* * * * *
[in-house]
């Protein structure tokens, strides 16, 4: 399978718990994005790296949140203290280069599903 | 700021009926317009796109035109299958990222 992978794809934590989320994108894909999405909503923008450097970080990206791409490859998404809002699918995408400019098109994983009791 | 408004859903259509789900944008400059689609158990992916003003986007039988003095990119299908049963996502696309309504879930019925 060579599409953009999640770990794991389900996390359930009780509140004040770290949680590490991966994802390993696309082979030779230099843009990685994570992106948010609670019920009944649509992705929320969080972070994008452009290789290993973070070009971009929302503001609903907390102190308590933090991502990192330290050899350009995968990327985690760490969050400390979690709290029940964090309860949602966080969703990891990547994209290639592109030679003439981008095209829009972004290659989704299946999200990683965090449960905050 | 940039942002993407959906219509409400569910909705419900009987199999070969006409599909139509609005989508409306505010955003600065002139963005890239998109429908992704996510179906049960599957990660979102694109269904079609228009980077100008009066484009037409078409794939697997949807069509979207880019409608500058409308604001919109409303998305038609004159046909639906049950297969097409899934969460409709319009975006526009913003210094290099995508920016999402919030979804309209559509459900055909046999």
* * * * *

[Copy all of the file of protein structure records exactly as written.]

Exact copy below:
[in-house]
């Protein structure tokens, strides 16, 4: 399978718990994005790296949140203290280069599903 | 700021009926317009796109035109299958990222 992978794809934590989320994108894909999405909503923008450097970080990206791409490859998404809002699918995408400019098109994983009791 | 408004859903259509789900944008400059689609158990992916003003986007039988003095990119299908049963996502696309309504879930019925 060579599409953009999640770990794991389900996390359930009780509140004040770290949680590490991966994802390993696309082979030779230099843009990685994570992106948010609670019920009944649509992705929320969080972070994008452009290789290993973070070009971009929302503001609903907390102190308590933090991502990192330290050899350009995968990327985690760490969050400390979690709290029940964090309860949602966080969703990891990547994209290639592109030679003439981008095209829009972004290659989704299946999200990683965090449960905050 | 940039942002993407959906219509409400569910909705419900009987199999070969006409599909139509609005989508409306505010955003600065002139963005890239998109429908992704996510179906049960599957990660979102694109269904079609228009980077100008009066484009037409078409794939697997949807069509979207880019409608500058409308604001919109409303998305038609004159046909639906049950297969097409899934969460409709319009975006526009913003210094290099995508920016999402919030979804309209559509459900055909046999």